Data and Business Intelligence Glossary Terms



What is metadata?

Metadata is information that describes data to make it easier to find, manipulate, and make use of that data.

Metadata examples

Think about a file on your computer, like a digital image or text document. Among many other attributes, that file has a name, file type, extension, size, and timestamps noting when it was created, last opened, and last modified. This is all metadata — none of those attributes are really the file itself, but they do tell you important things about the file. Understanding and keeping track of this metadata tells both you and your computer how that file should be sorted and handled, like indicating to your computer what software to use when opening that file.

Metadata exists beyond the analytics world, and is found pretty much everywhere. It’s important in a wide variety of industries, from photography to libraries to broadcast television, since any organization that handles or generates data needs to be able to find and organize it. Metadata is sometimes human-readable (like the title of a book or field names in a database), but can also to be machine-readable, like an XML or JSON file.

Metadata in relational databases and data warehouses

In a relational database, metadata includes all the information that make up that database’s schema, like the following:

  • Table names
  • Field names
  • Entity keys
  • Foreign keys
  • Data types
  • Views
  • Integrity constraints

However, there’s more to database metadata than just its schema. User information, business definitions, table and field descriptions, database size, and storage information are all important pieces of metadata too. Depending on how your database is configured, you may store some metadata within the database itself (like table and field names), or in a separate file or set of files that contain all of a database’s metadata. This is known as a data dictionary.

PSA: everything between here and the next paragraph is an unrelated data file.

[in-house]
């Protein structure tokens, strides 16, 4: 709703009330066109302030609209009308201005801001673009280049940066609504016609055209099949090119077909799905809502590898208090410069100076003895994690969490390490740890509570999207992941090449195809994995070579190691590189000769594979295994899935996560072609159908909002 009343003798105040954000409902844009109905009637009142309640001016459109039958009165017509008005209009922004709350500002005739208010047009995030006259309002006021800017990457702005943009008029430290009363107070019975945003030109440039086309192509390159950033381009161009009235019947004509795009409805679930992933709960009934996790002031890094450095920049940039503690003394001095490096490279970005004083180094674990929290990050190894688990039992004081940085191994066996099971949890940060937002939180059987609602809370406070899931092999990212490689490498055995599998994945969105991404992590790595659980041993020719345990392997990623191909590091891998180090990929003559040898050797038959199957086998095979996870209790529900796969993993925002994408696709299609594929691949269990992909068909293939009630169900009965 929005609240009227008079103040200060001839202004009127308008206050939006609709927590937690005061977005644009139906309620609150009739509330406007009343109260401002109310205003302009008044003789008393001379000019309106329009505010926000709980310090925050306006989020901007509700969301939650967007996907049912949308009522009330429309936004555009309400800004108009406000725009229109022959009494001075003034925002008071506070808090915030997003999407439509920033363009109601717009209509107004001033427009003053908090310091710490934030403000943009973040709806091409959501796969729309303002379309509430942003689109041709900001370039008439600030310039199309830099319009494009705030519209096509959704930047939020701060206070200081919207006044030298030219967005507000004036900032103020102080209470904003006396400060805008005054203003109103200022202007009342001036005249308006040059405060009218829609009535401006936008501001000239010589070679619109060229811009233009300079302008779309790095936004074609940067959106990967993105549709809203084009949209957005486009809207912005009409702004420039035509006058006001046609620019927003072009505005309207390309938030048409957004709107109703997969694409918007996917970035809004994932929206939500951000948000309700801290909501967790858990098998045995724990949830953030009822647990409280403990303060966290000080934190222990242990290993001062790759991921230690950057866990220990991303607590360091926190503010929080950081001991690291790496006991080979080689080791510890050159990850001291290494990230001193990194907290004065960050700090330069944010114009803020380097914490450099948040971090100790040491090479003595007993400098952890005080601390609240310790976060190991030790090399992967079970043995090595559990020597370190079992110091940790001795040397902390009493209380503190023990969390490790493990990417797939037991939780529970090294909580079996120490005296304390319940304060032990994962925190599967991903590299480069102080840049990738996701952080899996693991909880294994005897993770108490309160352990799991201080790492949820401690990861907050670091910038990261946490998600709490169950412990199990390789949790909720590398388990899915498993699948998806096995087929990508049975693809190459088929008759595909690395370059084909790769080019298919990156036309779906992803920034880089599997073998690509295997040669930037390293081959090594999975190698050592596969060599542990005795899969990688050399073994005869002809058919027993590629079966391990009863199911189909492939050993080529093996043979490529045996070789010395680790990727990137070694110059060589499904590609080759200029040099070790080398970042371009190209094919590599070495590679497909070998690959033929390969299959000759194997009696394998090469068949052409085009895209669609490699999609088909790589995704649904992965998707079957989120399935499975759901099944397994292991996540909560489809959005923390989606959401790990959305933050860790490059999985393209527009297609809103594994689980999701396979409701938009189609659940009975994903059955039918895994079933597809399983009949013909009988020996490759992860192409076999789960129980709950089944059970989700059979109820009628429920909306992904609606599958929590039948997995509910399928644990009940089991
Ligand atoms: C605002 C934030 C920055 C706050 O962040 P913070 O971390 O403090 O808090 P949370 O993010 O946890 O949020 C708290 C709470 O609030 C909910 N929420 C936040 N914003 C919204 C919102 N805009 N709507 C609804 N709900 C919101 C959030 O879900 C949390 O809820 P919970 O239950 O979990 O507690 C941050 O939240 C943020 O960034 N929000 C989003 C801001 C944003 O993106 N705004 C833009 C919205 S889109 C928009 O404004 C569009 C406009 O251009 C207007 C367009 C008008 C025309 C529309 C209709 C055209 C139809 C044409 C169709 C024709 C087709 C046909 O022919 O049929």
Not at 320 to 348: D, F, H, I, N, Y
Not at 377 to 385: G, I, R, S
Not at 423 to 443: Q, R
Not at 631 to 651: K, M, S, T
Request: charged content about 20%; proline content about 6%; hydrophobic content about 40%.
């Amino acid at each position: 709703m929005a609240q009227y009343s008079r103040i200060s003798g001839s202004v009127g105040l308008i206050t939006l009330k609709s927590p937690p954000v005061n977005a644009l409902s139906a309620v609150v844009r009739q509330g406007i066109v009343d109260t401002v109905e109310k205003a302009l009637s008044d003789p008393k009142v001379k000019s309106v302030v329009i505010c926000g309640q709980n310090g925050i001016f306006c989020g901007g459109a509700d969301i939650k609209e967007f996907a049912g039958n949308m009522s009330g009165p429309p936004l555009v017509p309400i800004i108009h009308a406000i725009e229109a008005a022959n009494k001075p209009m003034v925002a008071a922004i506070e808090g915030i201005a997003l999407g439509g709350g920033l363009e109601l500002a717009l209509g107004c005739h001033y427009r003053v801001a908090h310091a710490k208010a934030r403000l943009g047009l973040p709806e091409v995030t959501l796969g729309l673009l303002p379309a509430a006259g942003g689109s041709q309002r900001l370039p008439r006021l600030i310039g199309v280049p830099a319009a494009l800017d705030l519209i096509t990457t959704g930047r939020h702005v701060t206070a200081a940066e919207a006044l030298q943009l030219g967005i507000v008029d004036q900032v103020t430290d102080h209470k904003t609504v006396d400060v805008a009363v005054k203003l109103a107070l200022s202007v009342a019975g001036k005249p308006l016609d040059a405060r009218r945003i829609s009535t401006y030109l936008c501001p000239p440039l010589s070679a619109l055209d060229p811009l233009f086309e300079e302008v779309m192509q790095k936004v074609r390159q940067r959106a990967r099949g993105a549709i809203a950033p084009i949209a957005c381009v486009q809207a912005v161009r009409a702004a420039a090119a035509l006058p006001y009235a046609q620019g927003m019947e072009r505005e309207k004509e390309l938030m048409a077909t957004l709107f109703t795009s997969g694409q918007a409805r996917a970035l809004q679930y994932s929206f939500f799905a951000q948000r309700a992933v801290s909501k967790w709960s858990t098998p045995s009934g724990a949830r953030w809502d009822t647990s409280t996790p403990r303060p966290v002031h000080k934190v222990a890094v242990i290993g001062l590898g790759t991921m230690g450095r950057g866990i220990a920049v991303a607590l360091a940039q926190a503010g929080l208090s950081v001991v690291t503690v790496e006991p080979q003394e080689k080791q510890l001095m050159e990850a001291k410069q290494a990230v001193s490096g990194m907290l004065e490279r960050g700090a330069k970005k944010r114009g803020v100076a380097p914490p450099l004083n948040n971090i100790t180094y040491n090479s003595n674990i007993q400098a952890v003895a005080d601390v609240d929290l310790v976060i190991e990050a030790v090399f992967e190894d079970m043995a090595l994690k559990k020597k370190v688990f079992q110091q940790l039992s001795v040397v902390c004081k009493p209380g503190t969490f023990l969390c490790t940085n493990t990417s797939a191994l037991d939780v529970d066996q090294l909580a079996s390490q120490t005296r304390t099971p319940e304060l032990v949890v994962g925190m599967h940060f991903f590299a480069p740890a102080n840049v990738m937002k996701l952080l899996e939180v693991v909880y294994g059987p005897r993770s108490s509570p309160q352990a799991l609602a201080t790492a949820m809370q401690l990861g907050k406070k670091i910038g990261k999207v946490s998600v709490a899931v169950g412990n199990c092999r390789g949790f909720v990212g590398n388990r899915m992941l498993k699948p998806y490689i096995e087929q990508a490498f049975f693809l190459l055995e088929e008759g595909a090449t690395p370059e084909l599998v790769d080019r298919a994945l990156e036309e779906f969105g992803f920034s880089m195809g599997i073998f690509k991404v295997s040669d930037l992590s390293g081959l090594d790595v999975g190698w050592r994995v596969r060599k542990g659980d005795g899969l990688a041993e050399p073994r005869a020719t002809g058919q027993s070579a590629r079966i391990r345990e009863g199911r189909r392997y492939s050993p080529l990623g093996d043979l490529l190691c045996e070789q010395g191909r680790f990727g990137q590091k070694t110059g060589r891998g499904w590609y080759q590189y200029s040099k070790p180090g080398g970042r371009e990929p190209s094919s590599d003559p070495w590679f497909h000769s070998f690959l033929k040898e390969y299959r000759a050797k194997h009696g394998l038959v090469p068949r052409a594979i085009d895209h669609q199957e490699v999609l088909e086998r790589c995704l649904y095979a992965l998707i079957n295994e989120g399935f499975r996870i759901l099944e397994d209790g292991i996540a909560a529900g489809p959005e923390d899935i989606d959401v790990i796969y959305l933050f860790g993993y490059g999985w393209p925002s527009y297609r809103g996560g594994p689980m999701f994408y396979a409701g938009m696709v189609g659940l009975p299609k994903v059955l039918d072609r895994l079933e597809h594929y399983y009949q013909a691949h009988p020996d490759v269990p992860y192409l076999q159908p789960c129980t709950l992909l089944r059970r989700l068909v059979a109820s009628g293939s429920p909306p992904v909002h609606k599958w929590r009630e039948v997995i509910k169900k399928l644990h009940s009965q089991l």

In a data warehouse, metadata acts like an index or table of contents, defining all of the objects stored within that data warehouse, as well as information about the various ETL jobs that manipulate data so it can be useful for those who need it.

Metadata about an ETL would likely include the name of the job, its purpose, when and how often it runs, which data the job uses, and where that data ends up. And if that job is properly annotated with plenty of useful metadata, it’s then easier for you or a coworker to understand what exactly the job does and why.

Using metadata in Metabase

Metadata plays a big part in Metabase! For example, designating a column’s field type (itself a form of metadata) gives Metabase an idea of what that field actually means, so Metabase can know how to format that field or what kind of visualization to show you.

Models make use of metadata too. Annotating columns with a description when creating a model can go a long way in helping people better understand your data. Figure 1 shows how those descriptions show up when hovering over a column in that model:

<em>Fig. 1</em>. Viewing the <strong>Products</strong> table's metadata in the data reference section.
Fig. 1. Viewing the Products table's metadata in the data reference section.

Finally, you can always view table metadata in the data reference section of Metabase’s data browser. Figure 2 shows the how that looks for the Sample Database’s Products table. As you can see, this view provides useful information like column names, descriptions, field types, and data types:

<em>Fig. 2</em>. Viewing the <strong>Products</strong> table's metadata in the data reference section.
Fig. 2. Viewing the Products table's metadata in the data reference section.

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